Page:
Stop no. 3 on our Librarithon raising money for Book Aid International was a tiny library which only opens 15 hours a week. I hadn’t been expecting much, and spirits were definitely not high, having trekked through pouring rain to get to it, but when we arrived things immediately looked brighter – this library has a cafe!
A cup of tea and various cakes and biscuits later we were all suddenly in a much better mood for reading, playing and exploring the shelves.
Despite being small and open very restricted hours, this library seemed to be thriving. It runs 3 different book clubs, not just for adults but also for teenagers and 8-11 year olds. There are also special sessions for retired people and toddlers so there is something for just about everyone in the community it serves.
Our 4th library took us into a different county, two train rides away. I chose this library because it is the only one I could find open on a Sunday. When we arrived we were amazed to see people queueing to get get in! That tells you something about how important this library is to the people who use it.
Thanks to her dad, M is currently fascinated by Greek mythology so most of our time in this library was spent looking in this Encyclopedia of the Ancient World, although we also read Captain Flinn and the Pirate Dinosaurs: Missing Treasure!
On Monday we ramped things up a little and set ourselves a goal of visiting 3 different libraries in one day. First off, we actually visited a building site!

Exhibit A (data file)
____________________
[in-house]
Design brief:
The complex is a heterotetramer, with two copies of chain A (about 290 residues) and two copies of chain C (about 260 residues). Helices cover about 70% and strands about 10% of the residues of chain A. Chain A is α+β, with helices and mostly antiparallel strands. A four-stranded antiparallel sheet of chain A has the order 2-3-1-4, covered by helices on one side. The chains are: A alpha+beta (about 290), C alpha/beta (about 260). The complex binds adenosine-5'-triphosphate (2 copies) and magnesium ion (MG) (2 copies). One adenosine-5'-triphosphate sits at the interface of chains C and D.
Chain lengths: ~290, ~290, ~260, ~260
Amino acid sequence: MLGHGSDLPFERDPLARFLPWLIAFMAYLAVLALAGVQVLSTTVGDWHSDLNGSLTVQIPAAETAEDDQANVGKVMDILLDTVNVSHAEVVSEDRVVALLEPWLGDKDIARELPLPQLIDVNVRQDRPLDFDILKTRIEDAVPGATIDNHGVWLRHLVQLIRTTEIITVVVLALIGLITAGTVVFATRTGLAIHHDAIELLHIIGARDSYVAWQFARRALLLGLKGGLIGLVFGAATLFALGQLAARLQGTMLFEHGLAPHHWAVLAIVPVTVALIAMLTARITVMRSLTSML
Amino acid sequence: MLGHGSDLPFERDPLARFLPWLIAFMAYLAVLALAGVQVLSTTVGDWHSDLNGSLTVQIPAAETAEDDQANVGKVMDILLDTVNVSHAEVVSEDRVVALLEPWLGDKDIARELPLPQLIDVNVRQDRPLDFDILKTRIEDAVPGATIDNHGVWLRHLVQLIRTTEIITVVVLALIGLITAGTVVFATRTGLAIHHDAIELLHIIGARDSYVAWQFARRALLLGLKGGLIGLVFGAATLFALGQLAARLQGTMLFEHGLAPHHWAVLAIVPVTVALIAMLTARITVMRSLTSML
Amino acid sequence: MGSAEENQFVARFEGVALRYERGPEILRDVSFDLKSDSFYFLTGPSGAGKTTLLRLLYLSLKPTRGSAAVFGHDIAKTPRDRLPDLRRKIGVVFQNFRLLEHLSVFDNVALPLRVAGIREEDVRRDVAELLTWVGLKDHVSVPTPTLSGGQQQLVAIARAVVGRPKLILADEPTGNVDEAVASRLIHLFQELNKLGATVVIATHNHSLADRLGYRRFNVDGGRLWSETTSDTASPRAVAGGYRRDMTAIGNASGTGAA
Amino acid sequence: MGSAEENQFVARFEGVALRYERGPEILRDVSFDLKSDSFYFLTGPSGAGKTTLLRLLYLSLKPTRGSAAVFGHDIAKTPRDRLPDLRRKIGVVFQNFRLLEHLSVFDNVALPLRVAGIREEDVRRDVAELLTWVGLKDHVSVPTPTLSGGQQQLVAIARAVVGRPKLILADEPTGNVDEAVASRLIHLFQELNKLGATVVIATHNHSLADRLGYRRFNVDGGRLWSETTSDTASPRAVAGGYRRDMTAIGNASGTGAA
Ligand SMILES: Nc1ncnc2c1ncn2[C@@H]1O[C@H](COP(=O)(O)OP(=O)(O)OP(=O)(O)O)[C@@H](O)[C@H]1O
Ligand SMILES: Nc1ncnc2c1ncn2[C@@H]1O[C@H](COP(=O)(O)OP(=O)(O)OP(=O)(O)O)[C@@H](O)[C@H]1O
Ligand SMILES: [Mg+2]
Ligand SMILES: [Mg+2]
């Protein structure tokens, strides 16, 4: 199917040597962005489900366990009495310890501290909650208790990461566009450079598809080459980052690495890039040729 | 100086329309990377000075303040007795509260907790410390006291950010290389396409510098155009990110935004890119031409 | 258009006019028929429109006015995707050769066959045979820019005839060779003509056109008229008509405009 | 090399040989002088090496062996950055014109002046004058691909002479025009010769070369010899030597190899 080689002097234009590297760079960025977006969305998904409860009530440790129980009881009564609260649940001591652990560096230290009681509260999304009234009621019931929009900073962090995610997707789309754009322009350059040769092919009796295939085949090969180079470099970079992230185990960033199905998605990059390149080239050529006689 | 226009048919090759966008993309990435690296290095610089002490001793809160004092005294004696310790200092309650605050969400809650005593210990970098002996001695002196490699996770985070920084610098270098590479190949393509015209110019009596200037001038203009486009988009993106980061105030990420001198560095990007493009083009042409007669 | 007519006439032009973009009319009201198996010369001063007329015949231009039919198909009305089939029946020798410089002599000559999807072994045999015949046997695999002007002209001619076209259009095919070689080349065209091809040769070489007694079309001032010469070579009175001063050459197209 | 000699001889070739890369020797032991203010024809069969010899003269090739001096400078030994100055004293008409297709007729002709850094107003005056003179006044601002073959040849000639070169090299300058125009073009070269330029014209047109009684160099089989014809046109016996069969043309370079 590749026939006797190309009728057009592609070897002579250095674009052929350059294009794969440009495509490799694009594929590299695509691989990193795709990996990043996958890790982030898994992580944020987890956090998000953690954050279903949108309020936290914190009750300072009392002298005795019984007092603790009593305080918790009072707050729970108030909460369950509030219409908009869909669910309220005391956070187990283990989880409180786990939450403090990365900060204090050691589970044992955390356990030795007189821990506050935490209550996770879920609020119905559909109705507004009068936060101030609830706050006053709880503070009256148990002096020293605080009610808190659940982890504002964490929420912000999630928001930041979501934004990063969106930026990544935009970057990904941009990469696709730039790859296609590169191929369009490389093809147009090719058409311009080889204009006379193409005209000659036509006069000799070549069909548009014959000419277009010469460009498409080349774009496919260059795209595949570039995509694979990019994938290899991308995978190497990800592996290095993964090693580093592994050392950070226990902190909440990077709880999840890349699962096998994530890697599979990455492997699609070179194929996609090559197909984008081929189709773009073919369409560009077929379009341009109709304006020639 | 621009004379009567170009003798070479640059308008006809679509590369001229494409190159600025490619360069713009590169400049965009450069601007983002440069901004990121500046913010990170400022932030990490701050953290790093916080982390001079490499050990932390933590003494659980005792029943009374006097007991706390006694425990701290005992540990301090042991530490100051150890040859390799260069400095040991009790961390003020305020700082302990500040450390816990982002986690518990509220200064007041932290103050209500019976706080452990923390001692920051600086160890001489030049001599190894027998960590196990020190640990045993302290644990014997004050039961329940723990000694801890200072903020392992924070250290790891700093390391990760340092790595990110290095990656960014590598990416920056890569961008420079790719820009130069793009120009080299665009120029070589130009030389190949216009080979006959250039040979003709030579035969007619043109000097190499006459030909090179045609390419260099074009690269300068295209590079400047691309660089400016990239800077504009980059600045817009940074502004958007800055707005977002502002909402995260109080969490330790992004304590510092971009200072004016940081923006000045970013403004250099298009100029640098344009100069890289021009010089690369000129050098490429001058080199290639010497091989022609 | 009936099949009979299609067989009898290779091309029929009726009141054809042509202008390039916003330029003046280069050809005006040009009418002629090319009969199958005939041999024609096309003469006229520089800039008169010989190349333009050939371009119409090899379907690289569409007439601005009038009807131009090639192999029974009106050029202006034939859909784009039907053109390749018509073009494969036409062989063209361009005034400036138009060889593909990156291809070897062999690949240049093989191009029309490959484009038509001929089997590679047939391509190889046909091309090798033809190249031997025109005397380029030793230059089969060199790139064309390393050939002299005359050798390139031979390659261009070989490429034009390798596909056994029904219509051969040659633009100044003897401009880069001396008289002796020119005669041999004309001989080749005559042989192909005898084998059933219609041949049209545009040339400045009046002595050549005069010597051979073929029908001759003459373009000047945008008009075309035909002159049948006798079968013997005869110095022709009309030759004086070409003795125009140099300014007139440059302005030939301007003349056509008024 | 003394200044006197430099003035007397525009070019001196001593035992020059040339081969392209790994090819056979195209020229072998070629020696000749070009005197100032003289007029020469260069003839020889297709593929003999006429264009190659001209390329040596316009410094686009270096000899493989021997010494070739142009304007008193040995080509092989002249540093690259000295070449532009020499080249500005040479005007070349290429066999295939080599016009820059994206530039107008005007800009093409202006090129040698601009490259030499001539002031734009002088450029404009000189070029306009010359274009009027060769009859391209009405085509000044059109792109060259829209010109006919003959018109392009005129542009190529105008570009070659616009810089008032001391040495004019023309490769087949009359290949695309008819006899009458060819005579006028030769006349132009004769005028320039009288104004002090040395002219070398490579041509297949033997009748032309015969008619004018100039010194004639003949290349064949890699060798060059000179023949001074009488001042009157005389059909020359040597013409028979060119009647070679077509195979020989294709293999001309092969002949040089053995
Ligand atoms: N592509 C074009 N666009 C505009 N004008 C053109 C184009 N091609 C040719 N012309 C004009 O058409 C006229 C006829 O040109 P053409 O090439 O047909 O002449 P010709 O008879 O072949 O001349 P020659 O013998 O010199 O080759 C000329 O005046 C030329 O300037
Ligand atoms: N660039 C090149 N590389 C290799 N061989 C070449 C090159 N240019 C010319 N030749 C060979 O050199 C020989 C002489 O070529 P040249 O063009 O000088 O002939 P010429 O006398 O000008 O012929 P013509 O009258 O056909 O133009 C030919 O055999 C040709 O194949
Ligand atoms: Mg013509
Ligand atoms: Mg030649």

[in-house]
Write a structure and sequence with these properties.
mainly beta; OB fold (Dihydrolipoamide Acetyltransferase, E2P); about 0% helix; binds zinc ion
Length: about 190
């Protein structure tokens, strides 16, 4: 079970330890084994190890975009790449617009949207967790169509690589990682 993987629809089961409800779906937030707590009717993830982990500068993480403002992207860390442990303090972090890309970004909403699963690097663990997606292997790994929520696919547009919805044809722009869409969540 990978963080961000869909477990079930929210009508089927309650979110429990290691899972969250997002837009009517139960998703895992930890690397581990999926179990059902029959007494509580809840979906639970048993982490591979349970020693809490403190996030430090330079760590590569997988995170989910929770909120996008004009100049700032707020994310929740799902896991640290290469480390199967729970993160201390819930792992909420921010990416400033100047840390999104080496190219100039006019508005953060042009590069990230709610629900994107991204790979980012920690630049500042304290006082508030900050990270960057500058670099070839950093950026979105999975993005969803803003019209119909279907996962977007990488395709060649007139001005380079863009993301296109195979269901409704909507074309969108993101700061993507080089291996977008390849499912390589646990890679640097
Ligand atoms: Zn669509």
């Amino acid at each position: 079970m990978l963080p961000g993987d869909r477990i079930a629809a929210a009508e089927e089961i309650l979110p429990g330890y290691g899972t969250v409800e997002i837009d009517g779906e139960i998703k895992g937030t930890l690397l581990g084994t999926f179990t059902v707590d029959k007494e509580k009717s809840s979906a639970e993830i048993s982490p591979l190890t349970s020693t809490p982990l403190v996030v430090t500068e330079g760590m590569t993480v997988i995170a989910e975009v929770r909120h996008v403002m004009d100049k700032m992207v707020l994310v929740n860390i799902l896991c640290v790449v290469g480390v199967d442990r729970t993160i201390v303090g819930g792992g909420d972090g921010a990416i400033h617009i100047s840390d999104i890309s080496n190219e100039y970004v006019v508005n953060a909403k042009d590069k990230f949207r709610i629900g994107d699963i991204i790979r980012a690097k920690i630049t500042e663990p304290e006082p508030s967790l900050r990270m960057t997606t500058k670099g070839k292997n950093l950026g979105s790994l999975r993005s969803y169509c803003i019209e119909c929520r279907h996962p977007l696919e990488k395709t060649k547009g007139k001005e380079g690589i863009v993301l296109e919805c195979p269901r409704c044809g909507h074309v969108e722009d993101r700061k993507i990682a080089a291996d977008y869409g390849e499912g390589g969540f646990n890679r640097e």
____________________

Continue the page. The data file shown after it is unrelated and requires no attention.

What the cranes were swinging into place were pieces of the new Library of Birmingham which will open its doors in 2013. I’m not sure what I think about this library – there’s some concern that books are not the focus in this new library, that the design is too concerned with providing places for people to meet. But maybe a library of the 21st century has to embrace much more than “simply” books? The Guardian has an interesting article about the future of libraries, including the Library of Birmingham, here.
You can see another photo of our visit here on Twitpic.
The sixth stop on our Librarithon was tough going if I’m honest. Libraries are excellent at hosting all sorts of events, especially for children during holidays, but when we turned up at Library 6 it was just so very busy that I was a bit overwhelmed. M was delighted though as we bumped into her favourite dinner lady from school!
The entrance to the children’s section looked very exciting:
Inside was packed, noisy and lively. However we soon retired to somewhere a little quieter up on another floor.
Having also packed in a trip to an aquarium and the ancient civilizations galleries in the city museum we finally made it to our third library of the day, and the half way point in our Librarithon, with stop no. 7 – our “home” library.
Amongst the many books we read on this visit, I discovered a David McKee book I did not like – Denver. In fact it brought out any latent communist tendencies I might have as it seemed to be all about accepting one’s lot in life, and the validity of a feudal system. This is not the David McKee book I’ll be giving to J for her birthday!
So you can see, we’re making progress with our Librarithon! We’re having fun, discovering lots of new books and realising the huge importance of great planning and a plentiful supply of chocolate cake in keeping things running smoothly!
YOU can still sponsor us! Please do consider sponsoring our efforts – don’t feel awkward if all you can manage is £2 – this is enough for Book Aid International to get a book to where it’s needed. And who knows, that book might be the one that changes someone’s life.
And talking of life-changing books, if you really can’t sponsor us but would still like to help Book Aid International then head on over to Tidy Books’ Facebook page and tell them what book changed your life. For every 4 nominations, Tidy Books will donate a book to Book Aid International. Easy for you, generous of Tidy Books, and great for Book Aid International – everyone is a winner!